Thursday, 13 August 2009


Last week on a Sea Trust pelagic aboard the Celtic Wildcat we were lucky enough to glimpse 3 Fin Whales. Today our luck got even better.................
12 of us set out from Neyland on a calm, sunny morning hoping to see some Dolphins and seabirds on one of Sea Trust's regular small boat surveys. First stop was Grassholm, some 2 hours out of Neyland, where the Gannet breeding season was in full swing with many near full grown young amongst the 32,000 pairs that breed there - the first spectacle of the day.

We then motored to some 8 miles west of the Smalls Lighthouse where we saw a pod of around 80 Common Dolphins, some 20 of which stayed with the boat for 20 minutes or more as we motored along at about 7 Knots. They were in a really playful mood and rode the bow wave, leapt, tail slapped and squeaked. Spectacle number 2.

And so onto spectacle number 3! Skipper, Nick O'Sullivan heard from a nearby boat on a private fishing charter that they had seen 3 or 4 Fin Whales some way to the west. We made our way in that direction and were soon seeing large, spectacular Whale spouts or blows some way off. As we neared the area where the whales were (some 26 miles WSW off St Anne's Head) we could see there were at least 4 individuals. Closer still that number increased to a minimum of 6 with, perhaps, as many as 10. We then proceeded to get incredibly close views of several animals including one which was lunge feeding so close we could see the fish leaping out of the water as it broke the surface. All this with the accompaniment of 100's of Manx Shearwaters and 10's of Common Dolphins staying close to the Whale to share in the pickings. The finale was for the Whale to pass under the boat (!) and come up the other side where it continued feeding for a few minutes before diving and disapearing from view. Phew!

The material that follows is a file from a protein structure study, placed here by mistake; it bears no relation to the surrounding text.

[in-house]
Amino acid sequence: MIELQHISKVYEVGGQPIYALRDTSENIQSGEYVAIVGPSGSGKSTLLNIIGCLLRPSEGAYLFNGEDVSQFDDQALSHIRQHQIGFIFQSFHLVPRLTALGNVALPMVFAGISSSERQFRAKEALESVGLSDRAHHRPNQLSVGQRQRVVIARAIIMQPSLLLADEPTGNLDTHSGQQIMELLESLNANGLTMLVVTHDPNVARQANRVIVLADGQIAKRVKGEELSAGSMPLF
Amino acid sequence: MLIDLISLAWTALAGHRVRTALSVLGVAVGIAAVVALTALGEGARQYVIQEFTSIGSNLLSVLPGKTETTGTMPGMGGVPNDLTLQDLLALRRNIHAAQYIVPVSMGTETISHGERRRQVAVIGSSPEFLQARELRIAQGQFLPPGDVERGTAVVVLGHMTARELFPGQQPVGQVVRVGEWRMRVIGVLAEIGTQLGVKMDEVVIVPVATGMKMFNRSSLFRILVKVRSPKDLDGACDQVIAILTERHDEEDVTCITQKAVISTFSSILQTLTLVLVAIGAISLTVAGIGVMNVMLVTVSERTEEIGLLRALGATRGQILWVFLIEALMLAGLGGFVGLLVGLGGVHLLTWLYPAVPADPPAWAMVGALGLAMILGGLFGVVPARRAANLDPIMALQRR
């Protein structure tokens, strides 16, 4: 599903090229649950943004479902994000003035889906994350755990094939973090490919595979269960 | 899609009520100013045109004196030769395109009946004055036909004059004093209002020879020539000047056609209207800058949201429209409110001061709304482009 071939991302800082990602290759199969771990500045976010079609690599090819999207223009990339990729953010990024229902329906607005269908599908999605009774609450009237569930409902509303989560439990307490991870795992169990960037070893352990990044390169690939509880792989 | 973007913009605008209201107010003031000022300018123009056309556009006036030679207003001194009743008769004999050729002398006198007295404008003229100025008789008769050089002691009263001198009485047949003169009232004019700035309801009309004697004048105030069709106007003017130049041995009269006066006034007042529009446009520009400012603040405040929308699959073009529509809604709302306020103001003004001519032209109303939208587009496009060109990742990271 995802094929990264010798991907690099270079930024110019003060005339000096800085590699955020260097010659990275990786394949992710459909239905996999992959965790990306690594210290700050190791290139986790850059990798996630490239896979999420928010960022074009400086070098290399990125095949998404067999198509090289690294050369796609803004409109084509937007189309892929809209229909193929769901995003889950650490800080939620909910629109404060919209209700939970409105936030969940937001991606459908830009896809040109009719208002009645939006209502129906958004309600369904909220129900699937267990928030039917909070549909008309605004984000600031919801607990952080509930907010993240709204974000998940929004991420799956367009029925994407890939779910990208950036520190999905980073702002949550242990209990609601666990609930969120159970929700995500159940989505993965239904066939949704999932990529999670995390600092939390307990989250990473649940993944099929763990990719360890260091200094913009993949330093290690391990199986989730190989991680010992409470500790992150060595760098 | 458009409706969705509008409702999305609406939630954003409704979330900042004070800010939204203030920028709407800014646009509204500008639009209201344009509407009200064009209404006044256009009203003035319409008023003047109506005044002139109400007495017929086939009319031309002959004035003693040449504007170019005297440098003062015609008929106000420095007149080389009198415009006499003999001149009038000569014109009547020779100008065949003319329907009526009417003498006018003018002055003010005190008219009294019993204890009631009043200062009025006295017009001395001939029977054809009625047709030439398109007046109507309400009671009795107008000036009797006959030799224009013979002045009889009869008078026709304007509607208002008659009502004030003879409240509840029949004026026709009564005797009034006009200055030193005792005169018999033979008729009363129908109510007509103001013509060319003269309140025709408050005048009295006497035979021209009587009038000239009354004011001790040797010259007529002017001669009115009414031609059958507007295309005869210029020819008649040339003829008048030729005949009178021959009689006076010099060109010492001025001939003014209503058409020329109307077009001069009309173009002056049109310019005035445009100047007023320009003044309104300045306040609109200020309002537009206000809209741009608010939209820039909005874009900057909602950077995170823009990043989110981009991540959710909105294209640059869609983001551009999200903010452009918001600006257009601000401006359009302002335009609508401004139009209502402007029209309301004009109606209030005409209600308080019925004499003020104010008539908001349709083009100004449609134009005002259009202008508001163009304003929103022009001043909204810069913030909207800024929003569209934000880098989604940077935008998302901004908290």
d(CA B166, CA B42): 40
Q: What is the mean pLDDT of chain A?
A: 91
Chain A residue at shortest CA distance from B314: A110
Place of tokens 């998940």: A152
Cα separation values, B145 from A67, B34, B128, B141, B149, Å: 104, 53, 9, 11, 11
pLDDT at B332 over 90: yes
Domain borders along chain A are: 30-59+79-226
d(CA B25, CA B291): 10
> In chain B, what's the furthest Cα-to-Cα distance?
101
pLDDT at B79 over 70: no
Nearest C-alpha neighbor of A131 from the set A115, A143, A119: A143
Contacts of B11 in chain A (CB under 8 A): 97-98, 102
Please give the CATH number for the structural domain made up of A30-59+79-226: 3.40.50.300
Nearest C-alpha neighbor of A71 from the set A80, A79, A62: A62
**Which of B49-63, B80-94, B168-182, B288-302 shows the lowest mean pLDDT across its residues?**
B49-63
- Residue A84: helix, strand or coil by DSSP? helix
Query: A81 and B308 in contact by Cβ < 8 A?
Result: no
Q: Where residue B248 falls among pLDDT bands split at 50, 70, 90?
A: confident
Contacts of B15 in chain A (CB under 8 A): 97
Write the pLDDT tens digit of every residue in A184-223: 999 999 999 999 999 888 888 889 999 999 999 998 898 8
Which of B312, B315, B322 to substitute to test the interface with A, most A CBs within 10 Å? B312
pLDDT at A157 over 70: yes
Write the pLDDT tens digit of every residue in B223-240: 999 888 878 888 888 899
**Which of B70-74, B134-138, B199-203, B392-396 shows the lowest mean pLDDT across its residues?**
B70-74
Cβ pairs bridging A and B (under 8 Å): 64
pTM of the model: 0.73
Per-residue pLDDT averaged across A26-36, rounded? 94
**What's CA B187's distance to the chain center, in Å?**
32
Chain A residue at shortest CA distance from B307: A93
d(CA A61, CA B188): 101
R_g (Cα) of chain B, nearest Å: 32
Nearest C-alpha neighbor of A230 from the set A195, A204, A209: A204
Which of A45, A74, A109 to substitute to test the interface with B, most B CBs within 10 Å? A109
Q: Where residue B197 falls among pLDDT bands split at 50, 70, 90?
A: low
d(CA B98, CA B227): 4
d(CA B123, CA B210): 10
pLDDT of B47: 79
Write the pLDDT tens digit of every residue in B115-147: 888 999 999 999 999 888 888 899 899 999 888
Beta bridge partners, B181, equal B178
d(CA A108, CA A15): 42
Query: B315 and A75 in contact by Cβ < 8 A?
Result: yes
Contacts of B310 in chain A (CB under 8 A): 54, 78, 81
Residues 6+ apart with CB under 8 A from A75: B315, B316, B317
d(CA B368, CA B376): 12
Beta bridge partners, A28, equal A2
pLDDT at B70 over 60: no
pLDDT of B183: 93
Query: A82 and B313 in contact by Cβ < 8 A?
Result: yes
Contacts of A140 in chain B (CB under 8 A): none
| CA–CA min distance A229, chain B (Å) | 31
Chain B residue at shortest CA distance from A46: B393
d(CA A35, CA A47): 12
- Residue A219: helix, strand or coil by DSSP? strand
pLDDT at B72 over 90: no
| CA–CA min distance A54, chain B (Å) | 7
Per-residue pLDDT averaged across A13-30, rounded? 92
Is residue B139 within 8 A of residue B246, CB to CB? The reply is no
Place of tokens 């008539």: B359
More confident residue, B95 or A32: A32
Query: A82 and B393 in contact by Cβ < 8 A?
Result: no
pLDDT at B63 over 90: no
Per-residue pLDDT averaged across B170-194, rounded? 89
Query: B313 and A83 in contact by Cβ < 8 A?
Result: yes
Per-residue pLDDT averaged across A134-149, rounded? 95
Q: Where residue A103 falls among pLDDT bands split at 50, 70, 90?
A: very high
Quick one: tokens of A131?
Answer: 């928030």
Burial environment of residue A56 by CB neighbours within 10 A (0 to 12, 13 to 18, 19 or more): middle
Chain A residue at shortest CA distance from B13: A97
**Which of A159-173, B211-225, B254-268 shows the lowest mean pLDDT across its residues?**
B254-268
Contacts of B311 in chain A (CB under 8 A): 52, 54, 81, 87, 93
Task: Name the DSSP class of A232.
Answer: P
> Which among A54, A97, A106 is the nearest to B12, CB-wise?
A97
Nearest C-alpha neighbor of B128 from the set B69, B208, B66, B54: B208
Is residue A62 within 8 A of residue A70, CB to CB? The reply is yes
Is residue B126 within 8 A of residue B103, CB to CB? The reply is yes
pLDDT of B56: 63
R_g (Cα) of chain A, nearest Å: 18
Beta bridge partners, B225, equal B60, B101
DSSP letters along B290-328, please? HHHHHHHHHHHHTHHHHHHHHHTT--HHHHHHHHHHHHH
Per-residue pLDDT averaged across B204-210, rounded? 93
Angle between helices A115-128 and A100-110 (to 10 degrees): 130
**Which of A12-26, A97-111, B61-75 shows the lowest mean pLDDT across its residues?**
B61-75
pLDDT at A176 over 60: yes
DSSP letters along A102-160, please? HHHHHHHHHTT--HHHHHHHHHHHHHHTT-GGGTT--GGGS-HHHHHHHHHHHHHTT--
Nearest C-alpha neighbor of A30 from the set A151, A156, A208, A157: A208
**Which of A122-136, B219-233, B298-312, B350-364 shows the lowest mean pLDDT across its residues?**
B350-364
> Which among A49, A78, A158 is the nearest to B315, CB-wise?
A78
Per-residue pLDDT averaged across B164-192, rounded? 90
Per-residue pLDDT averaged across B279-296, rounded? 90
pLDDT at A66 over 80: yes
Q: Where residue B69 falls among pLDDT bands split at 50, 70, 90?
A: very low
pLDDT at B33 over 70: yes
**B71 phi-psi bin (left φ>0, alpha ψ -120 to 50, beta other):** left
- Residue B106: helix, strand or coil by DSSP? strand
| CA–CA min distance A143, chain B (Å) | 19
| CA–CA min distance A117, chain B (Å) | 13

Fin Whales are the second largest Whale (after the Blue Whale) and can grow up to 27 metres long and weigh up to 80 Tons. To see such magnificent animals in our own waters just off Pembrokeshire was a wonderful, once in a lifetime experience, but it demonstrates so well just how rich the seas off West Wales are.
Many thanks to Cliff Benson and Sea Trust for organising such a marvellous trip.